Keyword: Movement Disorders; Neuroimmunology
Link ID: 27587 - Posted: 11.21.2020

By Elisabeth Egan Two years ago, Michael J. Fox had surgery to remove a benign tumor on his spinal cord. The actor and activist, who had been living with Parkinson’s disease for nearly three decades, had to learn to walk all over again. Four months later, he fell in the kitchen of his Upper East Side home and fractured his arm so badly that it had to be stabilized with 19 pins and a plate. Mired in grueling, back-to-back recoveries, he started to wonder if he had oversold the idea of hope in his first three memoirs, “Lucky Man,” “Always Looking Up” and “A Funny Thing Happened on the Way to the Future.” “I had this kind of crisis of conscience,” Fox said during a video interview last month from his Manhattan office, where pictures of Tracy Pollan, his wife of 31 years, and his dog, Gus, hung behind him. “I thought, what have I been telling people? I tell people it’s all going to be OK — and it might suck!” His solution was to channel that honesty into a fourth memoir, “No Time Like the Future,” which Flatiron is publishing on Nov. 17. For an example of his new outlook, consider his perspective on traveling by wheelchair. “It can be a frustrating and isolating experience, allowing someone else to determine the direction I’m going and the rate of speed I can travel. The pusher is in charge,” Fox writes. “From the point of view of the occupant of the chair, it’s a world of asses and elbows. No one can hear me. To compensate, I raise my voice and suddenly feel like Joan Crawford in ‘What Ever Happened to Baby Jane?,’ barking out orders.” He continues: “Generally the person in control is a stranger, an airport or hotel employee. I’m sure that if we could look each other in the eye, we’d recognize our mutual humanity. But often in the wheelchair, I’m luggage. I’m not expected to say much. Just sit still.” Later, he adds, “No one listens to luggage.” Before the spinal surgery, Fox was working on a book about golf. “Then life happened,” he said. “I started thinking about what it meant to be able to move and express myself physically, to have that taken away. And then dealing with the surrender it takes to lie down and say, ‘Cut me open.’ I don’t know what that’s like for anybody else, but I can figure out what it’s like for me and write it down.” © 2020 The New York Times Company

Keyword: Parkinsons
Link ID: 27580 - Posted: 11.14.2020

By Giorgia Guglielmi, Spectrum A small clinical trial of a gene therapy for Angelman syndrome—a rare genetic condition related to autism—is on hold after two participants temporarily lost the ability to walk. The safety issue is important to resolve, experts say, given that the therapy otherwise appears to be effective, and the trial could guide treatment strategies for similar brain conditions. Biopharmaceutical company Ultragenyx in Novato, California, in collaboration with Florida-based biotech startup GeneTx, launched the trial in February to assess the safety of a therapy for Angelman syndrome, a neurodevelopmental condition characterized by intellectual disability, balance and motor problems, seizures, sleep problems and, in some cases, autism. Angelman syndrome results from the mutation or absence of a gene called UBE3A. People inherit two copies of UBE3A. Typically, only the maternal copy is active in neurons and the paternal copy is silent. But in people with Angelman syndrome, the maternal copy is mutated or missing, so their brain cells express no active UBE3A protein. The drug developed by Ultragenyx and GeneTx, called GTX-102, is a short snippet of RNA called an antisense oligonucleotide that activates the paternal copy of UBE3A and aims to restore the protein to typical levels. Three other companies—Roche, Biogen, and Ionis—are pursuing similar therapies for the syndrome. On 26 October, Ultragenyx and GeneTx reported that the clinical trial had enrolled five individuals with Angelman syndrome, aged 5 to 15. The plan had been to administer to each participant a dose of GTX-102 once a month over four months. Researchers injected the drug directly into the nutrient-rich solution that envelops the brain and spinal cord through a site in the lower back. © 2020 American Association for the Advancement of Science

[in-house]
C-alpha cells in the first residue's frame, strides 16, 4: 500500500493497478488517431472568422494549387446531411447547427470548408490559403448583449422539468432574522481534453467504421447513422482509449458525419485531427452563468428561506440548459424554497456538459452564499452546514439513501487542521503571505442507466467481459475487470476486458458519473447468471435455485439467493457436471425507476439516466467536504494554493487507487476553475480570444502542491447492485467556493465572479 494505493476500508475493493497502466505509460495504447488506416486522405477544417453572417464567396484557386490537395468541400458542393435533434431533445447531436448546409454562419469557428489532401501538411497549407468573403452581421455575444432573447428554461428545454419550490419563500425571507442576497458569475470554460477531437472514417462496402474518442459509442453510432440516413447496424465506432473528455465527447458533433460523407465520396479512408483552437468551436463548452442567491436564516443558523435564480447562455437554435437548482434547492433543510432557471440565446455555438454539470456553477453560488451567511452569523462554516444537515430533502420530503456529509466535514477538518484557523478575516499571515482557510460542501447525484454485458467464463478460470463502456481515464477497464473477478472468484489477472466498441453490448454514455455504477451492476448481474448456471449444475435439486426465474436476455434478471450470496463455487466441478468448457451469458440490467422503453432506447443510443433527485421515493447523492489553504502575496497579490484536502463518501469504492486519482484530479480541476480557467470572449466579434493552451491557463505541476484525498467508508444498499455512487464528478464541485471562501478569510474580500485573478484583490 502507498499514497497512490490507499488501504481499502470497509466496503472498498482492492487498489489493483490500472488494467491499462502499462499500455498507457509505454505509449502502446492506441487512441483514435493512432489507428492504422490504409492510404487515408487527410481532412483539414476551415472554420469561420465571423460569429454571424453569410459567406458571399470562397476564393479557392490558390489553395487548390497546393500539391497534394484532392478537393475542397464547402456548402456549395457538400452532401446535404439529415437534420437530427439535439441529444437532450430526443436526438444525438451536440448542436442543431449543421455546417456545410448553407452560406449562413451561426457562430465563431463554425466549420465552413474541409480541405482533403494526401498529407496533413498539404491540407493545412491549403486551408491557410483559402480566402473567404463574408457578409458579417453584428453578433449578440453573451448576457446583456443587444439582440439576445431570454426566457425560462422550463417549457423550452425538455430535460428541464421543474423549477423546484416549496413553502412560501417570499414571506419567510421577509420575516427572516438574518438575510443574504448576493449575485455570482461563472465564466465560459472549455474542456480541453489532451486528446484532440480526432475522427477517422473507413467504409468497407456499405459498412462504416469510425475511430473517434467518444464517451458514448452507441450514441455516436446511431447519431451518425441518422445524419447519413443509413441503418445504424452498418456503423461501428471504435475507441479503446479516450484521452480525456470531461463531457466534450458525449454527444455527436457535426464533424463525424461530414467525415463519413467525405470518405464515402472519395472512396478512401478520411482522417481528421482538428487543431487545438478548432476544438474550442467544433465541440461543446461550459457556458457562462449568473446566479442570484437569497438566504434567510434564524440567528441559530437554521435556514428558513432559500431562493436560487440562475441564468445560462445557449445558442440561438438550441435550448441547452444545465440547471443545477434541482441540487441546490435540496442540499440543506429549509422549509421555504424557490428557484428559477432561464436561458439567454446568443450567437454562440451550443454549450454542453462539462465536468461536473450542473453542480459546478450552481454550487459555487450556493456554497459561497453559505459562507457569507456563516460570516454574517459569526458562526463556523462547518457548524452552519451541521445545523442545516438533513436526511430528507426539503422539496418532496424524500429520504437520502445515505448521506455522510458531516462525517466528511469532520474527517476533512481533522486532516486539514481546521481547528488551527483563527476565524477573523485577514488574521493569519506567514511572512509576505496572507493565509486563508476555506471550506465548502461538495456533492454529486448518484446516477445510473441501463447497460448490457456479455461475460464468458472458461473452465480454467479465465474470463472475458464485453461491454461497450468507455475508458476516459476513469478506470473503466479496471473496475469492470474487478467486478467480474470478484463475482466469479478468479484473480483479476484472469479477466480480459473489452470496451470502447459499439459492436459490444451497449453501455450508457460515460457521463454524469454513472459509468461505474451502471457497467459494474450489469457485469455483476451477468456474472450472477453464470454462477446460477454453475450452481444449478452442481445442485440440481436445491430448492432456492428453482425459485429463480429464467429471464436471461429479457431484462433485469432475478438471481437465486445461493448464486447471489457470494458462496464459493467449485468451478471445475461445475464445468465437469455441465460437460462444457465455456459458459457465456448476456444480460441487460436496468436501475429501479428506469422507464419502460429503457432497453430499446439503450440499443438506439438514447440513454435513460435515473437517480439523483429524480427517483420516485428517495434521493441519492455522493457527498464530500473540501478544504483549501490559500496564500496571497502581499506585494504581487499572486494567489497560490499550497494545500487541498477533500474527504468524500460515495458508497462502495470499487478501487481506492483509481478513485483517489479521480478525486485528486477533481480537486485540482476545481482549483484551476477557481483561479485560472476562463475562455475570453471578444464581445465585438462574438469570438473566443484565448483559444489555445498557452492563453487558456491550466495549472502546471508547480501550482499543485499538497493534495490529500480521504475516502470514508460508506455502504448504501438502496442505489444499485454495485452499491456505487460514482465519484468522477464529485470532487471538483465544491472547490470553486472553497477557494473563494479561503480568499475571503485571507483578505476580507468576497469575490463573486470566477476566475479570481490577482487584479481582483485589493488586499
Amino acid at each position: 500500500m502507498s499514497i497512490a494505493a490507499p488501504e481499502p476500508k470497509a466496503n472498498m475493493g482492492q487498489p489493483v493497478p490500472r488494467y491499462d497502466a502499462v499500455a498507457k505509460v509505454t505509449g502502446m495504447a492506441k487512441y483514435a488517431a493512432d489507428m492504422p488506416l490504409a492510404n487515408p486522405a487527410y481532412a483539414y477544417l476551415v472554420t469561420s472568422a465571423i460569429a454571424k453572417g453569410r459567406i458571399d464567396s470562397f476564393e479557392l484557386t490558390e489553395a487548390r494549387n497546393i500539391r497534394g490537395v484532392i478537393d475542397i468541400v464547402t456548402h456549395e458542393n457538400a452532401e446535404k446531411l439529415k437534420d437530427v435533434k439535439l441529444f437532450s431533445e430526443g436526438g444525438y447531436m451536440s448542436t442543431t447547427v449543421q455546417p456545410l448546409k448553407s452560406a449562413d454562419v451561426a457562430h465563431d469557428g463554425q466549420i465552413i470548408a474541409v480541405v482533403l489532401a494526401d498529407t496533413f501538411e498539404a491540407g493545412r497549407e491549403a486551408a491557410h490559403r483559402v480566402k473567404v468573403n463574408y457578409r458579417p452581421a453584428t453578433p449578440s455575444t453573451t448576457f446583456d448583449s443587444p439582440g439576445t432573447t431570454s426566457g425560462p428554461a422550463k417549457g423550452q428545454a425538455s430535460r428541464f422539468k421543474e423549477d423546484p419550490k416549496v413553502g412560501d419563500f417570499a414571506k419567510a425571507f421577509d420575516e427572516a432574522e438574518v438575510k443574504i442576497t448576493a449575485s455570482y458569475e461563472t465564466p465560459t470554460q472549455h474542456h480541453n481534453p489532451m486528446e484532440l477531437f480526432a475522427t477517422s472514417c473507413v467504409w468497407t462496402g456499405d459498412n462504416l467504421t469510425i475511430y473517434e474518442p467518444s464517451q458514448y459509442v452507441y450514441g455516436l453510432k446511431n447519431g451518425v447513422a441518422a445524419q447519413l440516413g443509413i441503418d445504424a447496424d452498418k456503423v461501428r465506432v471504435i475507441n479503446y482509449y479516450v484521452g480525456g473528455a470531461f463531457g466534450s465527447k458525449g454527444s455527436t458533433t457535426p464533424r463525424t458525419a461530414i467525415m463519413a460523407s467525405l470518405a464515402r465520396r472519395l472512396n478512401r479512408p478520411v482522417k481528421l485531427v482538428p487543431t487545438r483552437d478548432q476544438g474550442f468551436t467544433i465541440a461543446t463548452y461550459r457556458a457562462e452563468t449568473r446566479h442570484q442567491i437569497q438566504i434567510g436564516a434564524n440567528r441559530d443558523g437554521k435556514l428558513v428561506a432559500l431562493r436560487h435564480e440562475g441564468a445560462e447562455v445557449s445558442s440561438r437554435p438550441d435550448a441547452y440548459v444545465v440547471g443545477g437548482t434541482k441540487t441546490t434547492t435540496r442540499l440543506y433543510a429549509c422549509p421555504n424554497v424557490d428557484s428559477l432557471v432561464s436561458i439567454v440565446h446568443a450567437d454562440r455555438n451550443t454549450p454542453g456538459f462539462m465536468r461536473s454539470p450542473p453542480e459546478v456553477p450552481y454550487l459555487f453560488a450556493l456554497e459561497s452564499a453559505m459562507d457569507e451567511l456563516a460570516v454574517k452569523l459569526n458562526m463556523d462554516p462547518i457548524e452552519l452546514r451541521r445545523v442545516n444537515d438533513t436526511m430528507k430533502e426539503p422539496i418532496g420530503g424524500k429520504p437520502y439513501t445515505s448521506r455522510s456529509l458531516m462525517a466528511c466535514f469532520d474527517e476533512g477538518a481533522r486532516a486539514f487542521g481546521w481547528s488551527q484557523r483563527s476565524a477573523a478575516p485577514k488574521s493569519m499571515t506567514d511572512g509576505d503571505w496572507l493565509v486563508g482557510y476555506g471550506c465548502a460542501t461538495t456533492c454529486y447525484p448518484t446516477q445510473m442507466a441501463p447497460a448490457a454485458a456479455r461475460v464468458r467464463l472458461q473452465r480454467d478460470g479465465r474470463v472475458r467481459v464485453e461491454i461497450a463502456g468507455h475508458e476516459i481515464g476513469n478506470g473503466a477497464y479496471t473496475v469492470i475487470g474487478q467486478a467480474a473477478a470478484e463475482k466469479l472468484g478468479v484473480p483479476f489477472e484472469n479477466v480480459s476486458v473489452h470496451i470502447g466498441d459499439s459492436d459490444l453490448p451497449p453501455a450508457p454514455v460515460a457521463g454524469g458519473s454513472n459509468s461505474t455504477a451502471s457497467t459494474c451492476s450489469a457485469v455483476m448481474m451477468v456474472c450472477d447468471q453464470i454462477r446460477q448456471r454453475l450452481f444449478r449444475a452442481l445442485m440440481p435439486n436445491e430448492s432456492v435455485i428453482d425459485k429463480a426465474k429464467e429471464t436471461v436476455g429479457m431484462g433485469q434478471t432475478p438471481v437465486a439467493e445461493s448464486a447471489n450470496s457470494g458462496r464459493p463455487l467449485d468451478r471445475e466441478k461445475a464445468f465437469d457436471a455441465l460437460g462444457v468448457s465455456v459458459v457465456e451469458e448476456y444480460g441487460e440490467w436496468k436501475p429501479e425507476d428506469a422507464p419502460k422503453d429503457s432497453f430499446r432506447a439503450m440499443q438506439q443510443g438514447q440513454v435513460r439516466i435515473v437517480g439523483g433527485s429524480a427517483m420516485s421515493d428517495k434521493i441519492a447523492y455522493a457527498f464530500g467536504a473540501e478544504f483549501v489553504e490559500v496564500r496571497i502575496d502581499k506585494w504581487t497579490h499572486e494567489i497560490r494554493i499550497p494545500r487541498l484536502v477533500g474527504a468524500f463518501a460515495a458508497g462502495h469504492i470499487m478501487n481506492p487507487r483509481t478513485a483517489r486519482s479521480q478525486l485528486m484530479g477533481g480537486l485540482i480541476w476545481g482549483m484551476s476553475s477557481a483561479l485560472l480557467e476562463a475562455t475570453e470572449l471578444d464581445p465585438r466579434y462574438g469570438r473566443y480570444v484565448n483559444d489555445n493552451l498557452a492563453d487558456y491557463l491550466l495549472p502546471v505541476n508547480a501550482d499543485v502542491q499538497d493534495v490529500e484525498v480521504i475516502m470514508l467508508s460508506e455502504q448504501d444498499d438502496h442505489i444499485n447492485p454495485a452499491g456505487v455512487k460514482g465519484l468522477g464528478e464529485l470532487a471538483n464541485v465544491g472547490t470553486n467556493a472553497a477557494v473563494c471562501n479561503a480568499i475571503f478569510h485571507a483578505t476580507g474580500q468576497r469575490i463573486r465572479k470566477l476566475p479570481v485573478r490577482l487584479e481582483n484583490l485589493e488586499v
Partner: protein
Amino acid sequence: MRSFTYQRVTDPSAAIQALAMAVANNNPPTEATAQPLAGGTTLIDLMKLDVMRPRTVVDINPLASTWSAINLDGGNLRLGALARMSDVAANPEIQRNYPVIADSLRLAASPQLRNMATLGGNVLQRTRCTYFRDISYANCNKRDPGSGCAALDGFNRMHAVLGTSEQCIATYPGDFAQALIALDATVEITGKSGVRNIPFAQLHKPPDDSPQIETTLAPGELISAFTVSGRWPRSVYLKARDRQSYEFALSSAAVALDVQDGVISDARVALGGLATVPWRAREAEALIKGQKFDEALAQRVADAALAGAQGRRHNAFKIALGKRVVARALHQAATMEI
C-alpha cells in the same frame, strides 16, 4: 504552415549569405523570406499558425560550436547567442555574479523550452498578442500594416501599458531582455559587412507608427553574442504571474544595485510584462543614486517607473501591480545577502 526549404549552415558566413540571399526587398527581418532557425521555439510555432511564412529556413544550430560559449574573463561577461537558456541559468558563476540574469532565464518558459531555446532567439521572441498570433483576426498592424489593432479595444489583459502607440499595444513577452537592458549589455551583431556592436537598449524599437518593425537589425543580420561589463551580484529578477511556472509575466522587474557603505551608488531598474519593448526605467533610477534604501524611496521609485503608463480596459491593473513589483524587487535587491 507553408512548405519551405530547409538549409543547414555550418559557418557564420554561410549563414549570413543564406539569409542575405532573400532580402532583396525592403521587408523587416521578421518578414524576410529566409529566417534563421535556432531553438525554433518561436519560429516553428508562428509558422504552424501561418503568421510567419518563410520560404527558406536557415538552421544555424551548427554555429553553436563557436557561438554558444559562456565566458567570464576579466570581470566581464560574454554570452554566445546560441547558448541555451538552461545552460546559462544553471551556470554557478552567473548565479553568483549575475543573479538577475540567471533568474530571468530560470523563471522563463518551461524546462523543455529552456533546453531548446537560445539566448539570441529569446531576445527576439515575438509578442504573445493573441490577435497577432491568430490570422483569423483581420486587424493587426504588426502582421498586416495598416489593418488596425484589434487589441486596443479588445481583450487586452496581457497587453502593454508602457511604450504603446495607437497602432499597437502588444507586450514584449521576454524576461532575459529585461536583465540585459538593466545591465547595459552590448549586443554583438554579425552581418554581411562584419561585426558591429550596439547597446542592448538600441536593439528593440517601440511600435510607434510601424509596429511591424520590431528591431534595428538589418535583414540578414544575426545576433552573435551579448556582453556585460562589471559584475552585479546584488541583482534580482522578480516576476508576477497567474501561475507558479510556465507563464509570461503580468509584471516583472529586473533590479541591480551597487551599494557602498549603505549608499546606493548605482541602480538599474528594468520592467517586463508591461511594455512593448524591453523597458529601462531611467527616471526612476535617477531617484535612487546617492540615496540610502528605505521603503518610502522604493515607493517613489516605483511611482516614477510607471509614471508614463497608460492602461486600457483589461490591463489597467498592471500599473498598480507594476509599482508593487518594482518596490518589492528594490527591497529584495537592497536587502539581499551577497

Keyword: Autism
Link ID: 27572 - Posted: 11.07.2020

By Gretchen Reynolds Roiled by concerns about the pandemic and politics? Lifting weights might help, according to a timely new study of anxiety and resistance training. The study, which involved healthy young adults, barbells and lunges, indicates that regular weight training substantially reduces anxiety, a finding with particular relevance during these unsettling, bumpy days. We already have plenty of evidence that exercise helps stave off depression and other mental ills, and that exercise can elevate feelings of happiness and contentment. But most past studies of exercise and moods have looked at the effects of aerobic exercise, like running on a treadmill or riding a stationary bike. Scientists only recently have begun to investigate whether and how weight training might also affect mental health. A 2018 review of studies, for instance, concluded that adults who lift weights are less likely to develop depression than those who never lift. In another study, women with clinical anxiety disorders reported fewer symptoms after taking up either aerobic or weight training. But many of these studies involved frequent and complicated sessions of resistance exercise performed under the eyes of researchers, which is not how most of us are likely to work out. They also often focused on somewhat narrow groups, such as men or women with a diagnosed mental health condition like depression or an anxiety disorder, limiting their applicability. So for the new study, which was published in October in Scientific Reports, researchers at the University of Limerick in Ireland and other institutions decided to see if a simple version of weight training could have benefits for mood in people who already were in generally good mental health. © 2020 The New York Times Company